Understanding the research landscape of major depressive disorder via literature mining: an entity-level analysis of PubMed data from 1948 to 2017. Academic Article uri icon

Overview

abstract

  • Objective: To analyze literature-based data from PubMed to identify diseases and medications that have frequently been studied with major depressive disorder (MDD). Materials and methods: Abstracts of 23 799 research articles about MDD that have been published since 1948 till 2017 were analyzed using data and text mining approaches. Methods such as information extraction, frequent pattern mining, regression, and burst detection were used to explore diseases and medications that have been associated with MDD. Results: In addition to many mental disorders and antidepressants, we identified several nonmental health diseases and nonpsychotropic medications that have frequently been studied with MDD. Our results suggest that: (1) MDD has been studied with disorders such as Pain, Diabetes Mellitus, Wounds and Injuries, Hypertension, and Cardiovascular Diseases; (2) medications such as Hydrocortisone, Dexamethasone, Ketamine, and Lithium have been studied in terms of their side effects and off-label uses; (3) the relationships between nonmental disorders and MDD have gained increased attention from the scientific community; and (4) the bursts of Diabetes Mellitus and Cardiovascular Diseases explain the psychiatric and/or depression screening recommended by authoritative associations during the periods of the bursts. Discussion and conclusion: This study summarized and presented an overview of the previous MDD research in terms of diseases and medications that are highly relevant to MDD. The reported results can potentially facilitate hypothesis generation for future studies. The approaches proposed in the study can be used to better understand the progress and advance of the field.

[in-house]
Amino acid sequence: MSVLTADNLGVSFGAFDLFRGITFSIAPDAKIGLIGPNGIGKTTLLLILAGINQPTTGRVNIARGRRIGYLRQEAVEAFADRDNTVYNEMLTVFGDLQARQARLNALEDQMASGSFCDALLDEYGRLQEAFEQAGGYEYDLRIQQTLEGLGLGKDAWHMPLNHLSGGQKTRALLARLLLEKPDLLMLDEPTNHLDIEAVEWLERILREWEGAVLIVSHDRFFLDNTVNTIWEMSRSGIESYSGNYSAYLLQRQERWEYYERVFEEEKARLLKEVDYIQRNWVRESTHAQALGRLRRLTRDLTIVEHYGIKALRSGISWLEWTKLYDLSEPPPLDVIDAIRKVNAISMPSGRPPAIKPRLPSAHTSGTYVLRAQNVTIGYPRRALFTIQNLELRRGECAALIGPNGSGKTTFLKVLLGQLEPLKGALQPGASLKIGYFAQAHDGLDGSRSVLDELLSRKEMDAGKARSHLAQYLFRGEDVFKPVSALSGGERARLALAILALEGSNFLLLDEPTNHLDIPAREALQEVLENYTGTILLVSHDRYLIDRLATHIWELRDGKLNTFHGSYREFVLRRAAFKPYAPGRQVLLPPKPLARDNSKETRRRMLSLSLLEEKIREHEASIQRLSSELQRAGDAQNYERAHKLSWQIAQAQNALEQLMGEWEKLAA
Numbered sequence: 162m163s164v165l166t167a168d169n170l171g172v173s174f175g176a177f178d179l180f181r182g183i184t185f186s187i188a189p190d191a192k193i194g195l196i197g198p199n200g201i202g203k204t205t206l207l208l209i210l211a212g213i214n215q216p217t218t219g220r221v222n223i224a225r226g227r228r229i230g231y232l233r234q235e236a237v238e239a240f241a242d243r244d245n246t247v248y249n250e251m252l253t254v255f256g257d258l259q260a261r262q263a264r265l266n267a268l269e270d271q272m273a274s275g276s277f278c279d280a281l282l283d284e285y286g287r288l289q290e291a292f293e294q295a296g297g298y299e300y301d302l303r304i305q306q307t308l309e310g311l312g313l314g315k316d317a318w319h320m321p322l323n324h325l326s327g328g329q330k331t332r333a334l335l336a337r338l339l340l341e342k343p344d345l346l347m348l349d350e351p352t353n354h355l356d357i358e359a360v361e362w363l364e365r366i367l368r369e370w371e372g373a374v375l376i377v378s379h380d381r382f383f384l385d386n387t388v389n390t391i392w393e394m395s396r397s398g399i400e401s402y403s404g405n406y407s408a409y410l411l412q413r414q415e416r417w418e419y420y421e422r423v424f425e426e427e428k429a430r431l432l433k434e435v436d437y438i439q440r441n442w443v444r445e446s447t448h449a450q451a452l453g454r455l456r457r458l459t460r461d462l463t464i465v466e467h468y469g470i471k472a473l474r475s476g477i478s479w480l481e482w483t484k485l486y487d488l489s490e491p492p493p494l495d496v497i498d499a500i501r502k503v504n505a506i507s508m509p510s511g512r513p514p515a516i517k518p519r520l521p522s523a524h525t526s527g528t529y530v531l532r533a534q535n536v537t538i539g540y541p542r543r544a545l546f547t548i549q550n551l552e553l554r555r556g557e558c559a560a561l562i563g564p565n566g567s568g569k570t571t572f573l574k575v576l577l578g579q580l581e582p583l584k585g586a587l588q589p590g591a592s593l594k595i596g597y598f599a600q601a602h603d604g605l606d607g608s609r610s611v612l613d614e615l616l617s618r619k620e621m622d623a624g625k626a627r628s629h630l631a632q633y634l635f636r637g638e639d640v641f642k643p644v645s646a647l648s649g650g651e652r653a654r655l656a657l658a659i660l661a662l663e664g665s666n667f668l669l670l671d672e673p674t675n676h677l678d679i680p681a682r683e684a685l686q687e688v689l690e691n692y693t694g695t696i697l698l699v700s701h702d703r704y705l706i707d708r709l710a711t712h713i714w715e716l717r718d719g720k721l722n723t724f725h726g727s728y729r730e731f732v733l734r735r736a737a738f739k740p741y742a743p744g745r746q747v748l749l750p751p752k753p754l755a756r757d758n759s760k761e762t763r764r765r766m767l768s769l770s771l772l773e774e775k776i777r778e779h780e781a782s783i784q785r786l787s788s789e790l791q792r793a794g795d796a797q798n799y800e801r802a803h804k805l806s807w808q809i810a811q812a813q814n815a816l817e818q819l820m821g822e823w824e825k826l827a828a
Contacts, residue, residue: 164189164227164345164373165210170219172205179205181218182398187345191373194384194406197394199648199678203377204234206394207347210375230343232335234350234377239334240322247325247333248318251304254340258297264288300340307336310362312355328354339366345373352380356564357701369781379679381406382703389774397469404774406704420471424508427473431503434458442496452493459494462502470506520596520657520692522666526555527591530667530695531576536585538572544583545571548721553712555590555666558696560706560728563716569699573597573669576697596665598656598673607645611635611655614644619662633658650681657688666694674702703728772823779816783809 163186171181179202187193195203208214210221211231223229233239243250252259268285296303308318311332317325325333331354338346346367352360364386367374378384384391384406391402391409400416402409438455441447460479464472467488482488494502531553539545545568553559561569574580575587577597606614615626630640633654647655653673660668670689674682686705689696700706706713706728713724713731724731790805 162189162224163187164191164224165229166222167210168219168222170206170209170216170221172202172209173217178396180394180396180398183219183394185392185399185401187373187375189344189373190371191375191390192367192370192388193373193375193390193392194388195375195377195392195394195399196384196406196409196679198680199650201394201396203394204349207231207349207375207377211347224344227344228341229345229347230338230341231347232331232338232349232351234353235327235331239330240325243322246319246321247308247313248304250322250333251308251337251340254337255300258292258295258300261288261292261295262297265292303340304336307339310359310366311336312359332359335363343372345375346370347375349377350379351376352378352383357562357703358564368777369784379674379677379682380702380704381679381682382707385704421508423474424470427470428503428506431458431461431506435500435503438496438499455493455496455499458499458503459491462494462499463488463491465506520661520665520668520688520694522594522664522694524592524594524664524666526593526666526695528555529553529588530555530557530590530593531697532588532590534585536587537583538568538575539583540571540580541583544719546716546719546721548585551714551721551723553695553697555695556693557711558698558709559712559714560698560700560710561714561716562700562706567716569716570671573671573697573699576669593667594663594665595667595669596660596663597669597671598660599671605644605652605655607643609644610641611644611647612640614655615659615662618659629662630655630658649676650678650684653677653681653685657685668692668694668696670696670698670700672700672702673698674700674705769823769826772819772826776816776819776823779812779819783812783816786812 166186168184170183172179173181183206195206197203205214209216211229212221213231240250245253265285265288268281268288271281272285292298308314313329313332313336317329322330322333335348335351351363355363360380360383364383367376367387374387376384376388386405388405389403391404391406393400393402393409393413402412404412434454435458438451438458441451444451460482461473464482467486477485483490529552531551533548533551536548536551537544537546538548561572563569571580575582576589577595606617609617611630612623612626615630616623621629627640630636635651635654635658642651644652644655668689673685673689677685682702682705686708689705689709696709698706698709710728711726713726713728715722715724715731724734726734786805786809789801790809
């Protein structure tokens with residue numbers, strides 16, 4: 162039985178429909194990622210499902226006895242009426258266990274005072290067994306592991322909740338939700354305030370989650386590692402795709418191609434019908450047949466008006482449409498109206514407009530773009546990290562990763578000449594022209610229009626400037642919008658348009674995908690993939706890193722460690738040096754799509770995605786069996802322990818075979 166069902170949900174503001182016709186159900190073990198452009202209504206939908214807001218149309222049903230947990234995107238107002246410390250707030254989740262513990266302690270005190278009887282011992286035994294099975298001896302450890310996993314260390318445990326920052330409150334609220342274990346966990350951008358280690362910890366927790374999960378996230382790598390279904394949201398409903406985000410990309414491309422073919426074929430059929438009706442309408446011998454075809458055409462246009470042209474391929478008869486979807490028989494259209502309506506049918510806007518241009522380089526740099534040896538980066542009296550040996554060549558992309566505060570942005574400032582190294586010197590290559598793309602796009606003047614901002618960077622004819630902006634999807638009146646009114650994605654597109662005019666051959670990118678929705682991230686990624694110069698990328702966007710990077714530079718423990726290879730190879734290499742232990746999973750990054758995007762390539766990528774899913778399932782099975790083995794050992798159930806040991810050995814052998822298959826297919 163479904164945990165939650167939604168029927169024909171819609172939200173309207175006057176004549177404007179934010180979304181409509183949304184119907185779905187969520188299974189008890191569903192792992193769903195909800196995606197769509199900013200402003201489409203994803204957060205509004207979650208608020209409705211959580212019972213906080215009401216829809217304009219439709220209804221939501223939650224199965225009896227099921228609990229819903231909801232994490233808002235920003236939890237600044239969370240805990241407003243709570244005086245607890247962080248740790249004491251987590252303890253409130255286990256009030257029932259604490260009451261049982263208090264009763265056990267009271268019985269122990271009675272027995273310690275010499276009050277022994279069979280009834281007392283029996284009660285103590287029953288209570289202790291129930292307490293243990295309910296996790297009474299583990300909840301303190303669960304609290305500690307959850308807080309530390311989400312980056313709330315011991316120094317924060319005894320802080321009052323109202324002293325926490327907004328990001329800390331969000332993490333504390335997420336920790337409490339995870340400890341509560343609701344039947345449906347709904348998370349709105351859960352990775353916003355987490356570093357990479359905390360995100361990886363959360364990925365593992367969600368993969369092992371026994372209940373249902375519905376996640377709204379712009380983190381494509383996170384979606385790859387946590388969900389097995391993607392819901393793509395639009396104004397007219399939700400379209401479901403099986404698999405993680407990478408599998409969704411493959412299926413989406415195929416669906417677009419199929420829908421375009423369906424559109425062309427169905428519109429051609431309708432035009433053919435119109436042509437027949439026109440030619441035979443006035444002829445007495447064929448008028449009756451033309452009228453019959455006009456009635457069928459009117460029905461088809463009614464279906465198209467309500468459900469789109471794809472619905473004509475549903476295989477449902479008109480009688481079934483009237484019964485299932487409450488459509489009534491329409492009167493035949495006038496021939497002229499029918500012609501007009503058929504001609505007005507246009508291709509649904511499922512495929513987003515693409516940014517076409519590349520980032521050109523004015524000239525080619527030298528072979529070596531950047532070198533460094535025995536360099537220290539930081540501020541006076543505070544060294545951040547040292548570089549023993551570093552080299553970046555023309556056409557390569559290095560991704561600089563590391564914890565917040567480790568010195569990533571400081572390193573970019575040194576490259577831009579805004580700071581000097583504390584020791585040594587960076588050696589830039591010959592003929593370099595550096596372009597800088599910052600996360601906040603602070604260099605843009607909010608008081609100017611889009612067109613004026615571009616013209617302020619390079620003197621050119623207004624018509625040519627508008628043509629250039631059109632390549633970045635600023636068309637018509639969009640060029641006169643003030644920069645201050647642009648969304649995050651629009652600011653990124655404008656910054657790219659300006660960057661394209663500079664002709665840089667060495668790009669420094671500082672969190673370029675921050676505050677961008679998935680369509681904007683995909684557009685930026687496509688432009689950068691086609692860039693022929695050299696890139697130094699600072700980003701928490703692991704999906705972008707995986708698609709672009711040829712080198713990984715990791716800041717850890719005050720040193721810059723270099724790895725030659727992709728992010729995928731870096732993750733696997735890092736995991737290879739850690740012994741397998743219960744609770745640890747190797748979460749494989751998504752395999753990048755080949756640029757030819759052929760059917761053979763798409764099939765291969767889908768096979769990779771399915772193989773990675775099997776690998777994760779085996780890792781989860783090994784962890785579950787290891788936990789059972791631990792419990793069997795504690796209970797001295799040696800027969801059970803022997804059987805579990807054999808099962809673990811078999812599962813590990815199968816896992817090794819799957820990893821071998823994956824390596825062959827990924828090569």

publication date

  • April 3, 2018

Identity

PubMed Central ID

  • PMC6951824

Digital Object Identifier (DOI)

  • 10.1093/jamiaopen/ooy001

PubMed ID

  • 31984323

Additional Document Info

volume

  • 1

issue

  • 1